Beauty marks make a person unique! Moles (also known as nevi in medical terms) can develop on the skin’s surface in any location and at any time in one’s life. Colours can vary from pink or red to light or dark brown or to black and they can be flat or raised. While the vast majority of new moles are healthy and normal, there are some important characteristics to be aware of that may require further investigation.
Skin cancer is one of the most common forms of cancer and can take on one of 3 types. Basal cell carcinoma and Squamous cell carcinoma develops in up to 500,000 people in the US per year. Melanoma is about 10 times less common but is one of the most fatal cancers in humans. By following the ABCD’s of self-examination, melanomas can be found in early stages and treated successfully. Regular examination by a physician is recommended for people with many moles or a family history of melanoma.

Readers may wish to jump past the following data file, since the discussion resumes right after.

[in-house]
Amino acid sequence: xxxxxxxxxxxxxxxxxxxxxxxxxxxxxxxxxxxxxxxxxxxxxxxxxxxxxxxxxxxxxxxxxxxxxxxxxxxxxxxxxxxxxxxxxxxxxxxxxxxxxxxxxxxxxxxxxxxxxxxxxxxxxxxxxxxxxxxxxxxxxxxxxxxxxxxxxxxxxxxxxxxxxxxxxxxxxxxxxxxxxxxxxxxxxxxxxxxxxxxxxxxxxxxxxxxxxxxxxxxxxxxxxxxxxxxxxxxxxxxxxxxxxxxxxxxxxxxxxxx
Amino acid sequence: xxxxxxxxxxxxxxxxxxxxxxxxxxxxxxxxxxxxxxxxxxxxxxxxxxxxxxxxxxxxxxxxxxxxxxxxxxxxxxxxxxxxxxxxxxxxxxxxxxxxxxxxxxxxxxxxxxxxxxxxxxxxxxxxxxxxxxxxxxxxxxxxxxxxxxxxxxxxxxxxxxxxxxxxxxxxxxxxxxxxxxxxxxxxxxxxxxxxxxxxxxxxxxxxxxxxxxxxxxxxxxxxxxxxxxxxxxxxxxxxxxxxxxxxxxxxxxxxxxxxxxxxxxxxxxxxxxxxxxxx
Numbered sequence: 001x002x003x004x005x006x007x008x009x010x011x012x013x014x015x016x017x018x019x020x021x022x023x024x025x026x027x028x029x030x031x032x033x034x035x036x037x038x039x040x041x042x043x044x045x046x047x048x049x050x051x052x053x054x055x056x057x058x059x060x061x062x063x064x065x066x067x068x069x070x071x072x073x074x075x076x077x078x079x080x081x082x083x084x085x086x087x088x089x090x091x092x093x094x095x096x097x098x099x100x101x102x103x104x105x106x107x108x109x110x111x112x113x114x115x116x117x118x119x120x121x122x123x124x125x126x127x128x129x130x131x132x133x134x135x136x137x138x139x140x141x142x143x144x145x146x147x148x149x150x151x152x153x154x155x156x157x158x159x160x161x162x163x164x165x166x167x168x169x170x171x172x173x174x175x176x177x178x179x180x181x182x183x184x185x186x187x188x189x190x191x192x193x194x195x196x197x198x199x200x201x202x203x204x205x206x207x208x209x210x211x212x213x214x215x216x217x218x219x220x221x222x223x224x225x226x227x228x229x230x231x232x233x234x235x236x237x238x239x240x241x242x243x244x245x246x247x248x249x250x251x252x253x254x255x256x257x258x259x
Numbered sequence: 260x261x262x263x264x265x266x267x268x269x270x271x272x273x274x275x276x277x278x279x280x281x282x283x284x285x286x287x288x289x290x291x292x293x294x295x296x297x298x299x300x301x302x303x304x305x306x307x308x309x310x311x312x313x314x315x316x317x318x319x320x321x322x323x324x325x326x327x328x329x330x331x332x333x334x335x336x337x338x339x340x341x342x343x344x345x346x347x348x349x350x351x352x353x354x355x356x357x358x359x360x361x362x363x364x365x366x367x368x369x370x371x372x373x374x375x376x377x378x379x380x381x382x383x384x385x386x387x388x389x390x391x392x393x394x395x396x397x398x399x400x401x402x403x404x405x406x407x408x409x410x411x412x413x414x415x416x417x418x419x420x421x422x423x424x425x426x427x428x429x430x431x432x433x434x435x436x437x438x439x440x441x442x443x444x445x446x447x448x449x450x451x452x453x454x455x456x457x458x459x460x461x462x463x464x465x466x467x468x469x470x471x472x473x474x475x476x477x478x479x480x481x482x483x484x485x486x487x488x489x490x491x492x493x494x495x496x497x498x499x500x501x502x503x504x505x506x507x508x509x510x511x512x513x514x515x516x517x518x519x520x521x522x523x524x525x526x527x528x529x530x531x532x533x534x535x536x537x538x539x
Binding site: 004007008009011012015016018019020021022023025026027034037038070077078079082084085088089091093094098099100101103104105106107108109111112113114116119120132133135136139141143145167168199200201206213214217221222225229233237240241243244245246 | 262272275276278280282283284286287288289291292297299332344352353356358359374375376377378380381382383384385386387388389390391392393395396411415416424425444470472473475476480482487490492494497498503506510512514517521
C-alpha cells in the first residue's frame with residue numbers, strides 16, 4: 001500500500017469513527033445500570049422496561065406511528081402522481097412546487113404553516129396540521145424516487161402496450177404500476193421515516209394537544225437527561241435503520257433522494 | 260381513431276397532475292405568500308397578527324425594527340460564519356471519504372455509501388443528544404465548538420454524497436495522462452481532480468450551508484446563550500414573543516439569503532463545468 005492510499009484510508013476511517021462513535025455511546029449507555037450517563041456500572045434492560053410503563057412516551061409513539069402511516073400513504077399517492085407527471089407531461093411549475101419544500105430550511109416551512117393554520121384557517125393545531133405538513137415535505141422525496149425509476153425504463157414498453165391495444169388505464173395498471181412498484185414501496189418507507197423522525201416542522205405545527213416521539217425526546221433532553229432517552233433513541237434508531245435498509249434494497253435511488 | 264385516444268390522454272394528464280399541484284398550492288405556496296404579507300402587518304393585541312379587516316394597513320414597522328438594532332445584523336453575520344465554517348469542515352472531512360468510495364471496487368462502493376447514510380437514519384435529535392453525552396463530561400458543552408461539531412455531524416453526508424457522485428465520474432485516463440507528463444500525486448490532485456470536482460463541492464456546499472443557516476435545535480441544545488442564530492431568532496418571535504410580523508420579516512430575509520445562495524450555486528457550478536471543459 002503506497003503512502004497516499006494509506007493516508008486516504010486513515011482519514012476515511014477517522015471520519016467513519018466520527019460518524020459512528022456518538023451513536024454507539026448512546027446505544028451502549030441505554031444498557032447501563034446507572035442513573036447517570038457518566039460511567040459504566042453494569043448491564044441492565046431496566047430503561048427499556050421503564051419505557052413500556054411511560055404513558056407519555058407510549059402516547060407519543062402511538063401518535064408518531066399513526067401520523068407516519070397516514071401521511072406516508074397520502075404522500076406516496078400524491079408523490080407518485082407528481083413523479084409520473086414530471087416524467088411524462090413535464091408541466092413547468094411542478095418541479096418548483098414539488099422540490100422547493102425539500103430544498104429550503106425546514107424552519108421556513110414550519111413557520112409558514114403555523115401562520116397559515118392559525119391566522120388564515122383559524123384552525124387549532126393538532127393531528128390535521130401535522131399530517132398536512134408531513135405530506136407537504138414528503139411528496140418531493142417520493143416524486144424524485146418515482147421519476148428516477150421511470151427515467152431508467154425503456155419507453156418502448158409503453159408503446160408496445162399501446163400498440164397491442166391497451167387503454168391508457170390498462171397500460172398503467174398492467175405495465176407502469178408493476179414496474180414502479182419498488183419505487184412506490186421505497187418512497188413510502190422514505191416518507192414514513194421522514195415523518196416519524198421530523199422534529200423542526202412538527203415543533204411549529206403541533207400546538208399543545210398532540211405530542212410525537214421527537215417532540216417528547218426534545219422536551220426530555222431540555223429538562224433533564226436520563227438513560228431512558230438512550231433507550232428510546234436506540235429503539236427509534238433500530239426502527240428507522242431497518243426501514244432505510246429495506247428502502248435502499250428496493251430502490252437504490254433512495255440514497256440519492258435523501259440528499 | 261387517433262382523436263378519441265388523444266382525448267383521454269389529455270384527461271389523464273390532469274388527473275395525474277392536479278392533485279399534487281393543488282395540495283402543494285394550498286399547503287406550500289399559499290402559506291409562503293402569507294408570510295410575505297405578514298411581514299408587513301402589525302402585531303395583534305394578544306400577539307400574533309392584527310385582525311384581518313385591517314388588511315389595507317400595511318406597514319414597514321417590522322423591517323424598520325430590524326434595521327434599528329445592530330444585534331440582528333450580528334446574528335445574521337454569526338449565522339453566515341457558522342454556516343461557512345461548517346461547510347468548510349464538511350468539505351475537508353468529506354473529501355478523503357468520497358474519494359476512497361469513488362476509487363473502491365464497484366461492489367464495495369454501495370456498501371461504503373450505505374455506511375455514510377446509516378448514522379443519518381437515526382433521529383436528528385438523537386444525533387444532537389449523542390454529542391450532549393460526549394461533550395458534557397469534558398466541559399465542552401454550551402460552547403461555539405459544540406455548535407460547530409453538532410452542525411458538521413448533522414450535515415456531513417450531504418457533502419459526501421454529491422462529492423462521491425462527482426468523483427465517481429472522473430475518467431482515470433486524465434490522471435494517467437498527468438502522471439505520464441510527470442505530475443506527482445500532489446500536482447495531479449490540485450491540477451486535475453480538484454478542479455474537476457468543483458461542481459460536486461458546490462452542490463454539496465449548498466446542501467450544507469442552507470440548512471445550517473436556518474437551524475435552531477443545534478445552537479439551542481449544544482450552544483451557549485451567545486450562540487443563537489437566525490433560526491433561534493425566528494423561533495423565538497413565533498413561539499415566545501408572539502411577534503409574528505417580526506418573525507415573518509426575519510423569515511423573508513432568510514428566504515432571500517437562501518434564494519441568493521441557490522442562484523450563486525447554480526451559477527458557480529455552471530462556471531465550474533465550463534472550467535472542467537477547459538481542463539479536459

When examining your moles, uses these criteria to determine if a mole should be observed by a specialist.
A = asymmetry. Does the mole have differences from one part of it to the other?
B = border irregularity. Are the edges rough and changeable instead of smooth and rounded?
C = colour. Are there colour changes or patches within the mole?
D = diameter. Is the mole larger than 6mm (about the size of a pencil eraser)?
If you can answer yes to any of the above questions, observation by a medical professional is advised. One of the major risk factors with all 3 types of cancer is chronic or excessive sun exposure. Remember to monitor time in the sun and consider using sunscreen when staying outdoors for longer periods of time.